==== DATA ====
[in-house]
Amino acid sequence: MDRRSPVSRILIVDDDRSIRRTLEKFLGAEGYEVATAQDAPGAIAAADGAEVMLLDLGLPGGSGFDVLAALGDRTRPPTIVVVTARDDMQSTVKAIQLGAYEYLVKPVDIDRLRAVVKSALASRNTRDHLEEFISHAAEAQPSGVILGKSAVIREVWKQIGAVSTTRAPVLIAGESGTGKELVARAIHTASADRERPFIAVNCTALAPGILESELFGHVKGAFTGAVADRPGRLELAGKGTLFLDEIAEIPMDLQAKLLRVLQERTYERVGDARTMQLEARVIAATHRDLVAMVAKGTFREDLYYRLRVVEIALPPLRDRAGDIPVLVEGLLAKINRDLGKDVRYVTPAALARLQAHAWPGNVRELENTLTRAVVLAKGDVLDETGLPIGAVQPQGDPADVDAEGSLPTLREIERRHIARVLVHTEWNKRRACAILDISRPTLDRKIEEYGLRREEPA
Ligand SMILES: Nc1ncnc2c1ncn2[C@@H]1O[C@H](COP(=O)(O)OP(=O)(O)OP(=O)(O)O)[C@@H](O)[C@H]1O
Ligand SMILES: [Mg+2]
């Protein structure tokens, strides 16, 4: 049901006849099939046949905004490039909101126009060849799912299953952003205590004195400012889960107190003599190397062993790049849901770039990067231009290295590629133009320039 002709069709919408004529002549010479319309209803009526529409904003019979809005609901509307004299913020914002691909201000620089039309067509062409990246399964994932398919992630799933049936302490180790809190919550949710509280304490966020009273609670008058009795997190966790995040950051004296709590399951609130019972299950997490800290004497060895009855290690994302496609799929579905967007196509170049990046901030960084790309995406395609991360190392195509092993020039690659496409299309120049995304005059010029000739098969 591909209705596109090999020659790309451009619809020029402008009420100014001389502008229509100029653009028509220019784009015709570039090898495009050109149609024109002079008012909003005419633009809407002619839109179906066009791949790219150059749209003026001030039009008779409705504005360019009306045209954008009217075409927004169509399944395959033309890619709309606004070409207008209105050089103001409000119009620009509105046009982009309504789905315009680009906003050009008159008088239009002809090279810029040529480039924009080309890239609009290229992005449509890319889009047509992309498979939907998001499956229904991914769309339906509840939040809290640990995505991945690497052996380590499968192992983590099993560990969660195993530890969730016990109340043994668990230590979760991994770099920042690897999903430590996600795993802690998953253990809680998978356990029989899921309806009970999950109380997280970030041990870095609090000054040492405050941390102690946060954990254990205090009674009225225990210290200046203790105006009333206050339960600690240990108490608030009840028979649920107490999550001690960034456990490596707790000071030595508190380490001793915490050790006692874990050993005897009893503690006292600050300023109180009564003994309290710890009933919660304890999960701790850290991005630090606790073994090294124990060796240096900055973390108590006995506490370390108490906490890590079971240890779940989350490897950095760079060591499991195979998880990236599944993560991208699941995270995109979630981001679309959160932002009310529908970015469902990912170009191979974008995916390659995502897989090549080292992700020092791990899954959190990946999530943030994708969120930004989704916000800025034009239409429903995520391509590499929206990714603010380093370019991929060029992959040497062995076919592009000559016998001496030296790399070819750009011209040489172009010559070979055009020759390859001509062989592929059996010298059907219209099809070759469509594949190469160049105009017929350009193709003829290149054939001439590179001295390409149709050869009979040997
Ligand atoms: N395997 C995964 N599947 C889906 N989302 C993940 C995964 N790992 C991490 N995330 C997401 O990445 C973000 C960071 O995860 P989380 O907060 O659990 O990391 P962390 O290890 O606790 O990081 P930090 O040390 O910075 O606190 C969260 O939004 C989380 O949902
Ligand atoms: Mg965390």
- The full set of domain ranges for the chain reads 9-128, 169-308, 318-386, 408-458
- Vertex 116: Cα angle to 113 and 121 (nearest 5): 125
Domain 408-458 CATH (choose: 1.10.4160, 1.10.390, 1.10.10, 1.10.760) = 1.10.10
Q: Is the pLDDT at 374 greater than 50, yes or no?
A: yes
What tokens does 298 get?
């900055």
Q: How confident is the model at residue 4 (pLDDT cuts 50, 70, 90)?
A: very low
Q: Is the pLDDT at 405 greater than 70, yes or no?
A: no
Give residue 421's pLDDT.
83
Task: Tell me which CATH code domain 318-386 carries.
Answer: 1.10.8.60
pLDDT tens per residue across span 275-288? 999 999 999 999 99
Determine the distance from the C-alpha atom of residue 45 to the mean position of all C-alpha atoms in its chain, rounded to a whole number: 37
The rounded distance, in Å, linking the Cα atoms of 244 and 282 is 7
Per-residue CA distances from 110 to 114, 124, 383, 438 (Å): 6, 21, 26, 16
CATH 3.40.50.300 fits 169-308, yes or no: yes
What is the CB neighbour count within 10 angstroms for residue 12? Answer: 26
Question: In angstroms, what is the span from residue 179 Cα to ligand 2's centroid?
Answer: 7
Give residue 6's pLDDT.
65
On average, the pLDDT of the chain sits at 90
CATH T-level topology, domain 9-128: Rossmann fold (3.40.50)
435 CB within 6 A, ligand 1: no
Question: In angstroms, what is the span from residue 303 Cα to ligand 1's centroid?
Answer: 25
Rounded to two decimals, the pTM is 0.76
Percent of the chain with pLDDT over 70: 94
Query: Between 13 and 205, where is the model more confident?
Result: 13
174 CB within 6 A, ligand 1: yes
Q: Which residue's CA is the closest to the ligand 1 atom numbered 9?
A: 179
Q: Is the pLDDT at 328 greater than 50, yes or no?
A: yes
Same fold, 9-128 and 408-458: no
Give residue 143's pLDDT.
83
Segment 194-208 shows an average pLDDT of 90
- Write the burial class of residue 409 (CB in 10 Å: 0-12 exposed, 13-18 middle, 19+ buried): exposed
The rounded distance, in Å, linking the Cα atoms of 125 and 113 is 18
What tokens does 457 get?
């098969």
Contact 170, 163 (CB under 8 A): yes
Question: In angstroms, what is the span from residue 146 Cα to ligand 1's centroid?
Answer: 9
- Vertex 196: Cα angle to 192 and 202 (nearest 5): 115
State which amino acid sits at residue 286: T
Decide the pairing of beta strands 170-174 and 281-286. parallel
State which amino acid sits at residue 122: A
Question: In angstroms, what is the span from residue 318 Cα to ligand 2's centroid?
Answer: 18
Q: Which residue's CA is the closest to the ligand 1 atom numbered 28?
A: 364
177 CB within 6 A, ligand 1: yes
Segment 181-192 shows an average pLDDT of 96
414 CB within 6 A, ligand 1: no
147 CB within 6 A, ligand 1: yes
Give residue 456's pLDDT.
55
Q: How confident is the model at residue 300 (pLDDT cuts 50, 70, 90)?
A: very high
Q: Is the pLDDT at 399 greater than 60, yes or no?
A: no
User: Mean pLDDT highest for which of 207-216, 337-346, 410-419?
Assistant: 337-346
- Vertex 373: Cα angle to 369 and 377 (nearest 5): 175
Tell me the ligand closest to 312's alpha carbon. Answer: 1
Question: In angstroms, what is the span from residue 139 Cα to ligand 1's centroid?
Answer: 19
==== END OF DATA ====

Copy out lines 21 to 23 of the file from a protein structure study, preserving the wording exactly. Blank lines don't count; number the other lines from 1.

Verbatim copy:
Task: Tell me which CATH code domain 318-386 carries.
Answer: 1.10.8.60
pLDDT tens per residue across span 275-288? 999 999 999 999 99